Cruisers along most of the Gulf Coast are keenly aware of why their waters and coastlines are nicknamed the “Energy Coast.” The waters off the shores of Texas, Louisiana and Alabama produce nearly a quarter of the United States’ oil and gas. The infrastructure is ubiquitous—massive oilrigs and platforms rise along shorelines, regattas race between them and they contribute to some of the greatest sportfishing in North America. Florida and Mississippi have resisted oil and gas exploration and drilling, and their waters are mostly free of these structures. This may be coming to an end in Mississippi, however, with an epic battle brewing.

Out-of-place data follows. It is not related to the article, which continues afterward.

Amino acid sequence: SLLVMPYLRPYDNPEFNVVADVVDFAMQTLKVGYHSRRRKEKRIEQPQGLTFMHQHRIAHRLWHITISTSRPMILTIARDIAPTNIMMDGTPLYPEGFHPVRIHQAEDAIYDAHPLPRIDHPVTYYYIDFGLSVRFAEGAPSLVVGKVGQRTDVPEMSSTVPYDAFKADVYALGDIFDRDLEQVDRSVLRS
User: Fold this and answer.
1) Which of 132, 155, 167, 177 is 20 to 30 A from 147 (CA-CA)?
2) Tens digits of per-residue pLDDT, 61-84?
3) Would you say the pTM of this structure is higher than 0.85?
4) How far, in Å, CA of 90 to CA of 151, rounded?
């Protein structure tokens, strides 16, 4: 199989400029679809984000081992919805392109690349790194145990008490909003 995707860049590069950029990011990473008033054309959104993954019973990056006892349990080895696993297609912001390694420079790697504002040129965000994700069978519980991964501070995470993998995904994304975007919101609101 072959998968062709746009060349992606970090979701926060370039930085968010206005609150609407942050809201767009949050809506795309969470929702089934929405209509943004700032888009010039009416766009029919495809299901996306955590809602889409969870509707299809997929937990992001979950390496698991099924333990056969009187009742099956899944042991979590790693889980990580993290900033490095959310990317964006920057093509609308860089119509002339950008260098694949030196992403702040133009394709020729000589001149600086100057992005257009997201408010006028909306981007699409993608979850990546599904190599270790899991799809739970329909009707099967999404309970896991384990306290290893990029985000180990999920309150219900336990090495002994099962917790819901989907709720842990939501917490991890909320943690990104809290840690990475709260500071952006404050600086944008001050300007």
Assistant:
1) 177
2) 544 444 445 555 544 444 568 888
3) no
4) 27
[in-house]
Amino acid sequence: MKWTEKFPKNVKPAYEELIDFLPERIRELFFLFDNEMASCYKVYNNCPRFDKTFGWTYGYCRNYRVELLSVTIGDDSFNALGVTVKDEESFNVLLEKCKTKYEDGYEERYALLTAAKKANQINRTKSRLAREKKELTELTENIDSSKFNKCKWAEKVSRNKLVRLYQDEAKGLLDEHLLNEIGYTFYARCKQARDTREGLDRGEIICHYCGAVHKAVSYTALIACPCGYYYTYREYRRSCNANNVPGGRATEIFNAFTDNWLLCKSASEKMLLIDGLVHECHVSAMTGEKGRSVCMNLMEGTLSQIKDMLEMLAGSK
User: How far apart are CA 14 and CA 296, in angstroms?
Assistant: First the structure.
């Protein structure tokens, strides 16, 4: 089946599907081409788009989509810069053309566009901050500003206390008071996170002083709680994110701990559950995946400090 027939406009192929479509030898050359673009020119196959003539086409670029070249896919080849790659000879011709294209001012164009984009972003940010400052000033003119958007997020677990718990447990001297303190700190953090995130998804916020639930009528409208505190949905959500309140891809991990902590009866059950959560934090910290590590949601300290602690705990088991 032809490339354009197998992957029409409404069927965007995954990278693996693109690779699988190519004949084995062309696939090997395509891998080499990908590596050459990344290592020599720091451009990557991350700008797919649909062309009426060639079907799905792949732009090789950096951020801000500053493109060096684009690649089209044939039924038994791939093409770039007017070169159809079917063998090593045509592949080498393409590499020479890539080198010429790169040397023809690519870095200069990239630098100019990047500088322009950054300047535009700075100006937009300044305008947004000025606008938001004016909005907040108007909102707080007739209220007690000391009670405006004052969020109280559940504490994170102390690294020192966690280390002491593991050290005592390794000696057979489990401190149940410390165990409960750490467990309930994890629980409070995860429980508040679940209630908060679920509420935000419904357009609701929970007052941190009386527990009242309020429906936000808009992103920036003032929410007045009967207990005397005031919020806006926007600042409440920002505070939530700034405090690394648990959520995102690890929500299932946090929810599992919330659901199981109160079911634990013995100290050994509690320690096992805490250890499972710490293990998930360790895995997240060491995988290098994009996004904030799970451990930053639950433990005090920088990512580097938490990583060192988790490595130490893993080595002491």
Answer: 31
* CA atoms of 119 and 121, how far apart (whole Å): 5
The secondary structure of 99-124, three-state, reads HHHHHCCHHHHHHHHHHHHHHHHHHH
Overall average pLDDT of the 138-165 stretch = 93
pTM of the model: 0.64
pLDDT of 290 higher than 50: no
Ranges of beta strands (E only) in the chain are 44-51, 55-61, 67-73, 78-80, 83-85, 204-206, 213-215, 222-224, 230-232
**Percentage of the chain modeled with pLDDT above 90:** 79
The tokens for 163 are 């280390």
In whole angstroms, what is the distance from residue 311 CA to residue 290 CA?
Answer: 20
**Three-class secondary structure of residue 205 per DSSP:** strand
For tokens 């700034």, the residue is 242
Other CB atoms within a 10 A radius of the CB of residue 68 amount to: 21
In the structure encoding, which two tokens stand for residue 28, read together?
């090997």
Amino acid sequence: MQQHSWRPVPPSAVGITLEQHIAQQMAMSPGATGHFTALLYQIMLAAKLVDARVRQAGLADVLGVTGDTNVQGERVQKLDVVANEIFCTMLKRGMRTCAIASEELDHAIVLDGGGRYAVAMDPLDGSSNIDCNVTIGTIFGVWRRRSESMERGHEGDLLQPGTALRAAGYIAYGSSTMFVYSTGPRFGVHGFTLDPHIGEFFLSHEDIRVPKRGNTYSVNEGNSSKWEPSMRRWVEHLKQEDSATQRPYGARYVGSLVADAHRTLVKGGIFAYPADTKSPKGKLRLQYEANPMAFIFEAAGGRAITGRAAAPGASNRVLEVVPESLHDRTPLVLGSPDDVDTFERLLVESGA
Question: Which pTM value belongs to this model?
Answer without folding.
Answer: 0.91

The federally protected Gulf Islands National Seashore is home to an incredibly productive seafood industry located on a chain of barrier islands with a coast banking on beach tourism and casinos. With Mississippi’s economic development authority now rushing to start allowing seismic testing and drilling, many are calling foul. The 12 Miles South Coalition spearheaded by the Gulf Restoration Network is demanding the state conduct studies on the impact to tourism and the environment, especially when considering the small estimates of natural gas expected to be recoverable.
After allowing exploration and drilling around Dauphin Island, Alabama eventually learned its lesson. The state recognized the negatives to coastal tourism and enacted a ban on drilling in waters 15 miles out from Orange Beach and Gulf Shores. The 12 Miles South Coalition seeks a similar ban for Mississippi’s coastal waters.